clock menu more-arrow no yes

Filed under:

Iowa coach Fran McCaffery on Dan Dakich: 'If he was a coach, he'd be coaching'

New, comments

This argument just won't end.

Mary Langenfeld-USA TODAY Sports

In Iowa's blowout loss to Wisconsin on Tuesday, ESPN's Dan Dakich went off on Iowa center Adam Woodbury for two eye pokes on potential three-point shots. Dakich said it was "cowardly" and called Woodbury "gutless."

"It's gutless as well and he's doing it on purpose. You can say he's not and you can get mad at me all you want, but he's doing it on purpose, it needs to stop and the Big Ten office needs to discipline the kid.

"Woodbury, for some reason, Woodbury thinks that that kind of thing is toughness. That's as cowardly as you can be to hit a guy from behind or to poke a guy in the face and quite frankly Fran McCaffery and his staff have got to stop this."

There's clearly some contact there, and while Woodbury denied doing it on purpose — he said they're instructed to reach in on defense against Wisconsin's good shooters — even Wisconsin's players weren't too upset. Frank Kaminsky even joked about it after the game:

"I'm blind," Kaminsky joked. "It happens during the game. I've had much worse happen. I'm not thinking anything about it."

After the game, Iowa coach Fran McCaffery and Dakich got into a sparring match. McCaffery said that there was "no way" Woodbury did it on purpose and Dakich was "completely out of line." Dakich responded on Twitter:

Dakich invited McCaffery on to his Indianapolis-based radio show, but McCaffery declined to make an appearance. However, McCaffery wasn't done talking, as transcribed by Scott Dochterman of The Gazette in Cedar Rapids, and McCaffery blasted Dakich on his own radio show, even attacking Dakich's coaching:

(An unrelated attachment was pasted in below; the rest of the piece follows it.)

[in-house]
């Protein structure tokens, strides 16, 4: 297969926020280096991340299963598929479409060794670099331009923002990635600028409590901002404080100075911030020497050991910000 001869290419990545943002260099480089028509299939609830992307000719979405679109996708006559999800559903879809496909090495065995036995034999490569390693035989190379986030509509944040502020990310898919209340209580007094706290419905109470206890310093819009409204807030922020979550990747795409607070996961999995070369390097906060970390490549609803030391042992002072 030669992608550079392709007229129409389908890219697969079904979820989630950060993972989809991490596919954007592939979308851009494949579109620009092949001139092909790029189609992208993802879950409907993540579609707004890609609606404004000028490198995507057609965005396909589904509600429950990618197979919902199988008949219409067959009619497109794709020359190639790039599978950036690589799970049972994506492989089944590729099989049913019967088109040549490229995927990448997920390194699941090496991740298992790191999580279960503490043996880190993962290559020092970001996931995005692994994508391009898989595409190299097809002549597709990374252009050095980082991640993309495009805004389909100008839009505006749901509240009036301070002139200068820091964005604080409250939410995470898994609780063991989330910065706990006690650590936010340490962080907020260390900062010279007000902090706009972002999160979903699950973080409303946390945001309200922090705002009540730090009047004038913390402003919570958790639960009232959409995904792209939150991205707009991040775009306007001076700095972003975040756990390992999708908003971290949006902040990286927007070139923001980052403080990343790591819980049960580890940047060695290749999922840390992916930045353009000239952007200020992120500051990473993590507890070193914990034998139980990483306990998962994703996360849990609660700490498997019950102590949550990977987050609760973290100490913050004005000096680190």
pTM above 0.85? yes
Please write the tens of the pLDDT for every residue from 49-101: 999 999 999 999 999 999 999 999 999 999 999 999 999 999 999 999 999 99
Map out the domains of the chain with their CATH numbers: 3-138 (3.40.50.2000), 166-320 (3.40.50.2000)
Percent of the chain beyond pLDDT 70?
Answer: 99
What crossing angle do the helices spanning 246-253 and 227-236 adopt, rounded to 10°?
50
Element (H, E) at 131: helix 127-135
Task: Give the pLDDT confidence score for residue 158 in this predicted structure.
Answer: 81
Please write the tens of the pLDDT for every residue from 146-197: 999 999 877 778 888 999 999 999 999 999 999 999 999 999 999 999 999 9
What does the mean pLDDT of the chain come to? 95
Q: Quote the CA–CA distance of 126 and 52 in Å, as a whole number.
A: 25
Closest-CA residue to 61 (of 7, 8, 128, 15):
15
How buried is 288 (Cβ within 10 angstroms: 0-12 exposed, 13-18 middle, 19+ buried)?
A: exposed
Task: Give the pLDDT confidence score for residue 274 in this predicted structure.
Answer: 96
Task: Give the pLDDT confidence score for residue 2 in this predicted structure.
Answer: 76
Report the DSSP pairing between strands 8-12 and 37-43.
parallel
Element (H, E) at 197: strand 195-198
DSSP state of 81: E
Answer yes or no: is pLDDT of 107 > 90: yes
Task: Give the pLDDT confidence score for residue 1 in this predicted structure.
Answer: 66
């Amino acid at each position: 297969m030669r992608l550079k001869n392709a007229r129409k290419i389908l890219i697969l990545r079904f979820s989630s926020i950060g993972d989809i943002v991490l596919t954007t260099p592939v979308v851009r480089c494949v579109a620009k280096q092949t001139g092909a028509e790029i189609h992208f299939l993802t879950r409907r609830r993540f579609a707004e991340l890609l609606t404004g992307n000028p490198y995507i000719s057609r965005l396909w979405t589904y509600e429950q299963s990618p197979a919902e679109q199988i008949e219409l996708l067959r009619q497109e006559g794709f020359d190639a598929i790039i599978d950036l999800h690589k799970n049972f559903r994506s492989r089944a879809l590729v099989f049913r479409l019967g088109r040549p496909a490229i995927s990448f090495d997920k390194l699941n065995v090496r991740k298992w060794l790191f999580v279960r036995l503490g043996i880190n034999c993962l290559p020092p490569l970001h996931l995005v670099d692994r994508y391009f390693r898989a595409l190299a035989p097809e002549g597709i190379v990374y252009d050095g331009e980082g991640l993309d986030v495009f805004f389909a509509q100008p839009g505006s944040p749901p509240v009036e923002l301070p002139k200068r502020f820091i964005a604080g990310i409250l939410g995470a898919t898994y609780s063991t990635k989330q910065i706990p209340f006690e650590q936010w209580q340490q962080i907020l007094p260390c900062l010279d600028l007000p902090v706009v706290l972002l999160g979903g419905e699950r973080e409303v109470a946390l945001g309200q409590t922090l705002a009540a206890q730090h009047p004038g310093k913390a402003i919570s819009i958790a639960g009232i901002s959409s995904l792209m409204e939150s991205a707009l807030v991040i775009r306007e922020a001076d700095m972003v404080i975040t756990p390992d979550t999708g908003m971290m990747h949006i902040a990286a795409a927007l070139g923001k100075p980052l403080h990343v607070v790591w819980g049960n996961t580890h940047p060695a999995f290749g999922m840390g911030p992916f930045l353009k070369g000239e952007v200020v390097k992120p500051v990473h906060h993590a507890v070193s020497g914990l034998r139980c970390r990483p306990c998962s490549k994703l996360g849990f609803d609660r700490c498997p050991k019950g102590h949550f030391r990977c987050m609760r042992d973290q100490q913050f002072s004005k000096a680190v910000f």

Danny Dakich is so far out of line. He's just lost it on this one. He doesn't know Adam Woodbury. And for him to say the reprehensible things he's said about an amateur is inexcusable. It's absolutely inexcusable that his network would allow him to say those things of things about a guy he doesn't know.

...

He's a TV guy. If he was a coach, he'd be coaching. I should tell him to go buy some lottery tickets. He'd have a better chance to win the lottery than to ever in any way recommend what I should do with my player or my team.

Dakich tends to talk a lot about coaching on broadcasts, and despite having a radio show and being an ESPN personality, he considers himself more of a coach than a media member. McCaffery seemed to take exception to that, noting that Dakich was never a full-time Big Ten coach.

(IOWA RADIO ANNOUNCER GARY) DOLPHIN: "He's a goofball and he gets paid to comment like that, maybe not a goofball, but he's a character. A lot of analysts try to create their image of who they are, but he's a former Big Ten player and a former coach in the Big Ten. That's what surprised me about his comments.

MCCAFFERY: "Former assistant coach in the Big Ten. Let's clear that up."

Dakich played at Indiana, became an assistant under Bob Knight and coached for 10 years at Bowling Green, winning one MAC title, making two NITs and no NCAA Tournaments and finishing with a .500 record in conference play. He then coached Indiana for seven games as an interim coach at the end of the the 2007-08 season. He went 3-4, with a loss in the first round of the Big Ten Tournament and a loss in the first round of the NCAA Tournament.

Dakich wasn't done with this argument after seeing McCaffery's comments, firing back on Twitter:

Iowa plays Wisconsin again in Iowa City in 10 days. ESPN has the game.